It’s interesting that water can cost more then soda – how does that happen – should’t the water in soda be at lease as pure as the bottled water we buy?

  • If you build it, they will come. I love the water stations at the airport and I’ve switched to refilling my own bottle. If San Francisco invests in installing clean water stations around the city, I think people will OPT for refilling their own bottles, thus rendering buying bottled water a relic of the past.

  • Peter Werner

    I want to point out that for all the boosterism of tap water, there are large parts of the country where extremely bad water coming out of the tap is the norm, and bottled water is an absolute necessity. Try some water right out of the tap from places like the Salinas or San Joaquin Valleys, where their water source is the hard water in the aquifers, and then tell me with a straight face that tap water is always preferable. In many locales, the water is so seriously off (not to mention full of pesticide residues), even filtration doesn’t improve it sufficiently.

    • chrisnfolsom

      Of course this only affects SF at this time, but does need to be addressed in different situations – if you live in an old home and have old pipes you can have issues. Also, in America we have BPA in our bottles – not is Europe…

  • Sangita Moskow

    The tap water here is NOT safe. For one thing it has fluoride in it, a known toxin. Actually the fluoride added is in the form of hydrofluorosilicic acid which has more toxic elements in it. For another, various chemicals are added–like chlorine. Water is my drink of choice and the tap water tastes terrible, so I buy reverse osmosis water in bulk–in other words I reuse my plastic containers (made from a kind of plastic that doesn’t bleed into the water). In Marin we are trying to get the fluoride out of our water here.

    • Kelly Decker

      baloney

    • Kelly Decker

      However, I applaud your buying in bulk and reusing your containers

  • Karen P.

    Sparkling water in the Bay Area also comes in plastic bottles. In the East Coast, supermarket brands and name brands, such as Polar, sell sparkling water in 12-ounce cans. I’m waiting for Safeway and Calistoga to bottle their water in cans. I don’t see why they don’t.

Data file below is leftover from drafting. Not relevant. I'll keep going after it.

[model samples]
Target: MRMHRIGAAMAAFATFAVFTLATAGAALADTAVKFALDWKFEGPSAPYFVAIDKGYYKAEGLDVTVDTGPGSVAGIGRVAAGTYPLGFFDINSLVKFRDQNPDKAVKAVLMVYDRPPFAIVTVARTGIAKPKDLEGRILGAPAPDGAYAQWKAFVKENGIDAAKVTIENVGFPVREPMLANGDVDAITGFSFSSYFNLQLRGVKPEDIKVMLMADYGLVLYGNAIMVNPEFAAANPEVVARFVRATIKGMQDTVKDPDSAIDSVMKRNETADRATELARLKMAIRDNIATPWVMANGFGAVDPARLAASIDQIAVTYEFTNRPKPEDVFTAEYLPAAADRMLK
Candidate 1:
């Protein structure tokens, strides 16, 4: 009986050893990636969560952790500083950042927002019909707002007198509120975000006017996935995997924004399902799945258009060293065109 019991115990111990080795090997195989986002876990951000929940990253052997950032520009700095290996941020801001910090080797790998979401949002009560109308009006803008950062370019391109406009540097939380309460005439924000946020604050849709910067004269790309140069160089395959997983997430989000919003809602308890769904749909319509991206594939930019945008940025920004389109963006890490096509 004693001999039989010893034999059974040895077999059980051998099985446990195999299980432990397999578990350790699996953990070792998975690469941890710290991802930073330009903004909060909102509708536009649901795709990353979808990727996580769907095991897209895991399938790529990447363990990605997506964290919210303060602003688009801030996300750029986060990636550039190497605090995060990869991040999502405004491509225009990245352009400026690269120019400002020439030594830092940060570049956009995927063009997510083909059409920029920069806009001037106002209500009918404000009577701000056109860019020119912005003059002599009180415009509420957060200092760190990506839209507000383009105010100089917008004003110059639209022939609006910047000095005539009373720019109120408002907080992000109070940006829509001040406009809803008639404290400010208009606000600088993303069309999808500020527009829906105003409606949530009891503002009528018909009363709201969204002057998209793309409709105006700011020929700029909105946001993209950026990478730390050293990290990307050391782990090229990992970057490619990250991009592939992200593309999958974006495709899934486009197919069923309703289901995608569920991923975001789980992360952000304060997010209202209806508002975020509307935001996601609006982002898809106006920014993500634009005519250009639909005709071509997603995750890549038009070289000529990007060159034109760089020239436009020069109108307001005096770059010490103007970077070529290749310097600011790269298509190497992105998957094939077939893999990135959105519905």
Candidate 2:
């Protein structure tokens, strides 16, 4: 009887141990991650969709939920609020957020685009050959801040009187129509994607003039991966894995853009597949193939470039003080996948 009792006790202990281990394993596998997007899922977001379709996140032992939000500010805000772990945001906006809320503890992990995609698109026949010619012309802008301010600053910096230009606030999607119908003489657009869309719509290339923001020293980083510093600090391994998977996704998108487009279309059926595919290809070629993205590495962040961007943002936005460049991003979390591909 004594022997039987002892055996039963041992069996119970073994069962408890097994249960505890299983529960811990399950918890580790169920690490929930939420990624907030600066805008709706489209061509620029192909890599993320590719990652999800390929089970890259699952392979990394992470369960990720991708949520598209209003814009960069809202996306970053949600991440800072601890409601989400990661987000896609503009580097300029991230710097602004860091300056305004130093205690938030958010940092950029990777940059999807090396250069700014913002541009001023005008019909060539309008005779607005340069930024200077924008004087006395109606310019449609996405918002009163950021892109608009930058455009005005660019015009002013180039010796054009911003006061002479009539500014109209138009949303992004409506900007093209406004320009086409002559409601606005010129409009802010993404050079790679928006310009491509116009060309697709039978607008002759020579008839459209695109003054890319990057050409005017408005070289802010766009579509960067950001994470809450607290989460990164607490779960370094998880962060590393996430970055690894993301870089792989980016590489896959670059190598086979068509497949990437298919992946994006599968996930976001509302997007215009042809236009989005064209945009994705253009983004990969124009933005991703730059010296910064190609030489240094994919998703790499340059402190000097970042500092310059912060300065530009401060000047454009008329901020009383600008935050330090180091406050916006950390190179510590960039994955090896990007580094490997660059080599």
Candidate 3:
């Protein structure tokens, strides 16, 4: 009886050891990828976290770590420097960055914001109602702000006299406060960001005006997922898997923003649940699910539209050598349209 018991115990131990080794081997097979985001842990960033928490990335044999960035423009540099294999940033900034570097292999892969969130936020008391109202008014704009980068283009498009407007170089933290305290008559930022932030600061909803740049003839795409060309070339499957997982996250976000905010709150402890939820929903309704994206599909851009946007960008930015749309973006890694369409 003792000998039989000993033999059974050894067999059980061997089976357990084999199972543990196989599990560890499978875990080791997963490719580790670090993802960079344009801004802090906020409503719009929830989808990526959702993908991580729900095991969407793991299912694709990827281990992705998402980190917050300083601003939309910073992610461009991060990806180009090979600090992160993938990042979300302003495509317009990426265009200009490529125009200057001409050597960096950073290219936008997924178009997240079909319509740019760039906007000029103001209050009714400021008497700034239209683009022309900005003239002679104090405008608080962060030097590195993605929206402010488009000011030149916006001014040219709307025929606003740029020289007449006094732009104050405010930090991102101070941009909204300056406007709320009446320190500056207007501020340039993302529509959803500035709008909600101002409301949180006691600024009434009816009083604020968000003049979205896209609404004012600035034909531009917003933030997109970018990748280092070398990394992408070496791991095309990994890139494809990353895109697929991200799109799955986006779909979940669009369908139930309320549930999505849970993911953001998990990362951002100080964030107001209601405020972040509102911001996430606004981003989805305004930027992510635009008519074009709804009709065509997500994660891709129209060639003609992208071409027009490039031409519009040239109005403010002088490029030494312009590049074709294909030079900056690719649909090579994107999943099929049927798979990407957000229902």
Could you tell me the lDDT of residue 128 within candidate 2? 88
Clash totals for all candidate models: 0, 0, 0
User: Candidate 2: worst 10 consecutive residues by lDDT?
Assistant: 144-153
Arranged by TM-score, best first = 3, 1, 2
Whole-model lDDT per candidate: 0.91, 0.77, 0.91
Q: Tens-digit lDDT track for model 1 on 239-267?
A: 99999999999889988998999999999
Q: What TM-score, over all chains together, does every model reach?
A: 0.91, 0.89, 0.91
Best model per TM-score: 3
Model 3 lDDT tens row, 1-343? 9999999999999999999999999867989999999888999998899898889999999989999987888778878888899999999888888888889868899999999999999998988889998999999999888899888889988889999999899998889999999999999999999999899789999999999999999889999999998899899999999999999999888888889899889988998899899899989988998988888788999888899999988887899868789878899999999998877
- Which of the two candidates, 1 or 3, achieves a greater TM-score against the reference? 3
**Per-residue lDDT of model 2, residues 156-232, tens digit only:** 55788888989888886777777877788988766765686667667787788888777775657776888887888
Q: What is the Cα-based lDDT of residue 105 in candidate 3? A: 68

• Another Mike

      Practically no water comes from the Calistoga spring any more. The bottling facility is long closed and up for sale.

  • Frank Jur

    Wouldn’t bringing in you own containers (like stainless steel) be a way for a terrorist to bring in a bomb or a toxic substance.

  • Kelly Decker

    The idea that we need to purchase bottled water in order to continue the recycling stream is akin to going to war to for the health of the defense industry. I always learned that reducing and reusing was preferable to recycling. Having said that, refilling stations would be needed at places that did not have bottled water because people stop because they are thirsty for something cold and water trumps other beverages in many ways (even, I dare say in water use).

  • Kelly Decker

    People seem unaware that lots of bottled water comes from the tap.

    • Another Mike

      Soda pop is essentially tap water, as is beer.

  • A reasonable person

    Perhaps the proposed ban should make an exception for water in plant-based bottles. Wouldn’t that encourage more providers of bottled water to use these more acceptable alternatives?

  • K.C. Murphy

    I have three different bins at my home in Oakland. One is for trash, one is for recyclables, and one is for compost. The only one I can put ANY plastic into is the trash…

    • Another Mike

      You pay California Redemption Value on each bottle of water you buy — why not fill a bag and take it to a nearby recycling booth?

      • Kelly Decker

        That doesn’t work for 99% of people

        • Another Mike

          Where I live every Safeway has a recycling booth, open Friday through Tuesday.

      • K.C. Murphy